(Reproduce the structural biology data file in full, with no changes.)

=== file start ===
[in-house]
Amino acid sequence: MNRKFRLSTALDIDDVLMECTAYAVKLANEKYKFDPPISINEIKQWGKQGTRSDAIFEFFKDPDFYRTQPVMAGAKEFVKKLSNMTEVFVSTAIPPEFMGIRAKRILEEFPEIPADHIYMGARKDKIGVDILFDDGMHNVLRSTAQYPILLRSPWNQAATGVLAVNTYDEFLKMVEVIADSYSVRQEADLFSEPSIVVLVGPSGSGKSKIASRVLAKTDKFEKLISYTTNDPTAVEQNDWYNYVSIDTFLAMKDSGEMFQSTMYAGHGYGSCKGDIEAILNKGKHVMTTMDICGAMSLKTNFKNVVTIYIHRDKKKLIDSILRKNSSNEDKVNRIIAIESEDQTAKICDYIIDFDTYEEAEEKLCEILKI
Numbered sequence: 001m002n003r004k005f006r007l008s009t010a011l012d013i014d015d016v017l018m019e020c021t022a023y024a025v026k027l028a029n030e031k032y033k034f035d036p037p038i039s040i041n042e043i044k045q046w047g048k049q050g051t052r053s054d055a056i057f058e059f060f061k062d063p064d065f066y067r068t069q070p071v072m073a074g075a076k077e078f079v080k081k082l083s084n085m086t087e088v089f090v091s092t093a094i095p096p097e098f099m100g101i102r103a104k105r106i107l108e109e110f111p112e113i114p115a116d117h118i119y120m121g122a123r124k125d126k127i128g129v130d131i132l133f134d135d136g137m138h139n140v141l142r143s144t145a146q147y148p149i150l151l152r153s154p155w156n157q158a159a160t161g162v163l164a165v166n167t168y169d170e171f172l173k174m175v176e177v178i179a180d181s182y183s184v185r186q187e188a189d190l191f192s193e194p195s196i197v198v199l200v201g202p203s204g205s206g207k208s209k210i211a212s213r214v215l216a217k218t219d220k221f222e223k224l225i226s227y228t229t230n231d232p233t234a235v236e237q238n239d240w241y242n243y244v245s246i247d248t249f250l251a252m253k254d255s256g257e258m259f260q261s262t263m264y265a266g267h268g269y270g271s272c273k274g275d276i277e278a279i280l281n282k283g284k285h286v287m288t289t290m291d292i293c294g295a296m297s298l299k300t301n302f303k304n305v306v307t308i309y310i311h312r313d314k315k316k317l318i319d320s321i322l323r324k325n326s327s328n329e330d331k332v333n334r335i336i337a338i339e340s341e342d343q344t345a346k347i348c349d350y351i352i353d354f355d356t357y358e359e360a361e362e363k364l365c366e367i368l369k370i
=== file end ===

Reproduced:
[in-house]
Amino acid sequence: MNRKFRLSTALDIDDVLMECTAYAVKLANEKYKFDPPISINEIKQWGKQGTRSDAIFEFFKDPDFYRTQPVMAGAKEFVKKLSNMTEVFVSTAIPPEFMGIRAKRILEEFPEIPADHIYMGARKDKIGVDILFDDGMHNVLRSTAQYPILLRSPWNQAATGVLAVNTYDEFLKMVEVIADSYSVRQEADLFSEPSIVVLVGPSGSGKSKIASRVLAKTDKFEKLISYTTNDPTAVEQNDWYNYVSIDTFLAMKDSGEMFQSTMYAGHGYGSCKGDIEAILNKGKHVMTTMDICGAMSLKTNFKNVVTIYIHRDKKKLIDSILRKNSSNEDKVNRIIAIESEDQTAKICDYIIDFDTYEEAEEKLCEILKI
Numbered sequence: 001m002n003r004k005f006r007l008s009t010a011l012d013i014d015d016v017l018m019e020c021t022a023y024a025v026k027l028a029n030e031k032y033k034f035d036p037p038i039s040i041n042e043i044k045q046w047g048k049q050g051t052r053s054d055a056i057f058e059f060f061k062d063p064d065f066y067r068t069q070p071v072m073a074g075a076k077e078f079v080k081k082l083s084n085m086t087e088v089f090v091s092t093a094i095p096p097e098f099m100g101i102r103a104k105r106i107l108e109e110f111p112e113i114p115a116d117h118i119y120m121g122a123r124k125d126k127i128g129v130d131i132l133f134d135d136g137m138h139n140v141l142r143s144t145a146q147y148p149i150l151l152r153s154p155w156n157q158a159a160t161g162v163l164a165v166n167t168y169d170e171f172l173k174m175v176e177v178i179a180d181s182y183s184v185r186q187e188a189d190l191f192s193e194p195s196i197v198v199l200v201g202p203s204g205s206g207k208s209k210i211a212s213r214v215l216a217k218t219d220k221f222e223k224l225i226s227y228t229t230n231d232p233t234a235v236e237q238n239d240w241y242n243y244v245s246i247d248t249f250l251a252m253k254d255s256g257e258m259f260q261s262t263m264y265a266g267h268g269y270g271s272c273k274g275d276i277e278a279i280l281n282k283g284k285h286v287m288t289t290m291d292i293c294g295a296m297s298l299k300t301n302f303k304n305v306v307t308i309y310i311h312r313d314k315k316k317l318i319d320s321i322l323r324k325n326s327s328n329e330d331k332v333n334r335i336i337a338i339e340s341e342d343q344t345a346k347i348c349d350y351i352i353d354f355d356t357y358e359e360a361e362e363k364l365c366e367i368l369k370i